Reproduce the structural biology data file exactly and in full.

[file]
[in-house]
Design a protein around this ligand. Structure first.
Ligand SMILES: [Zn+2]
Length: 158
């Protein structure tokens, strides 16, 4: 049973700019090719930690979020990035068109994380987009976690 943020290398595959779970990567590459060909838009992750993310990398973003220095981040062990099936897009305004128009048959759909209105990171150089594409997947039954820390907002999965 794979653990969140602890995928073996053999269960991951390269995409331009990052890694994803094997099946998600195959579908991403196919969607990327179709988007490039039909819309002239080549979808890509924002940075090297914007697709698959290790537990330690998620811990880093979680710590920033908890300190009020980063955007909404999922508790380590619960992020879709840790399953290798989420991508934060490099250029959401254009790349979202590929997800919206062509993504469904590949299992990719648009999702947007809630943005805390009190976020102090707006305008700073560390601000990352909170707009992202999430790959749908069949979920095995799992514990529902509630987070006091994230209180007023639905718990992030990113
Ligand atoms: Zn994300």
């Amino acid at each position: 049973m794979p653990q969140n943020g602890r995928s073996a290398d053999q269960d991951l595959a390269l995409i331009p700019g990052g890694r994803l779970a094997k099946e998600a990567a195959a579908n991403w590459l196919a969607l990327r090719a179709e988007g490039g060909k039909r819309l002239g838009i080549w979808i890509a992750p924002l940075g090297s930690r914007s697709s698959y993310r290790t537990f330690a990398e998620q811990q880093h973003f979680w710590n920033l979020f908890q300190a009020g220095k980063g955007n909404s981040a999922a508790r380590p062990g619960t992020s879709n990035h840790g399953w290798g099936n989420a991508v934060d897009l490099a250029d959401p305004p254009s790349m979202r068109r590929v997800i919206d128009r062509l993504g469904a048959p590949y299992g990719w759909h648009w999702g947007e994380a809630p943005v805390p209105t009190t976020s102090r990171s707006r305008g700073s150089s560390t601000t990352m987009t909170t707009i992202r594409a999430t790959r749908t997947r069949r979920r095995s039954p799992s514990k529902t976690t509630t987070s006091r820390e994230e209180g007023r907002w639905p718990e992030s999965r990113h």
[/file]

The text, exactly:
[in-house]
Design a protein around this ligand. Structure first.
Ligand SMILES: [Zn+2]
Length: 158
């Protein structure tokens, strides 16, 4: 049973700019090719930690979020990035068109994380987009976690 943020290398595959779970990567590459060909838009992750993310990398973003220095981040062990099936897009305004128009048959759909209105990171150089594409997947039954820390907002999965 794979653990969140602890995928073996053999269960991951390269995409331009990052890694994803094997099946998600195959579908991403196919969607990327179709988007490039039909819309002239080549979808890509924002940075090297914007697709698959290790537990330690998620811990880093979680710590920033908890300190009020980063955007909404999922508790380590619960992020879709840790399953290798989420991508934060490099250029959401254009790349979202590929997800919206062509993504469904590949299992990719648009999702947007809630943005805390009190976020102090707006305008700073560390601000990352909170707009992202999430790959749908069949979920095995799992514990529902509630987070006091994230209180007023639905718990992030990113
Ligand atoms: Zn994300």
């Amino acid at each position: 049973m794979p653990q969140n943020g602890r995928s073996a290398d053999q269960d991951l595959a390269l995409i331009p700019g990052g890694r994803l779970a094997k099946e998600a990567a195959a579908n991403w590459l196919a969607l990327r090719a179709e988007g490039g060909k039909r819309l002239g838009i080549w979808i890509a992750p924002l940075g090297s930690r914007s697709s698959y993310r290790t537990f330690a990398e998620q811990q880093h973003f979680w710590n920033l979020f908890q300190a009020g220095k980063g955007n909404s981040a999922a508790r380590p062990g619960t992020s879709n990035h840790g399953w290798g099936n989420a991508v934060d897009l490099a250029d959401p305004p254009s790349m979202r068109r590929v997800i919206d128009r062509l993504g469904a048959p590949y299992g990719w759909h648009w999702g947007e994380a809630p943005v805390p209105t009190t976020s102090r990171s707006r305008g700073s150089s560390t601000t990352m987009t909170t707009i992202r594409a999430t790959r749908t997947r069949r979920r095995s039954p799992s514990k529902t976690t509630t987070s006091r820390e994230e209180g007023r907002w639905p718990e992030s999965r990113h």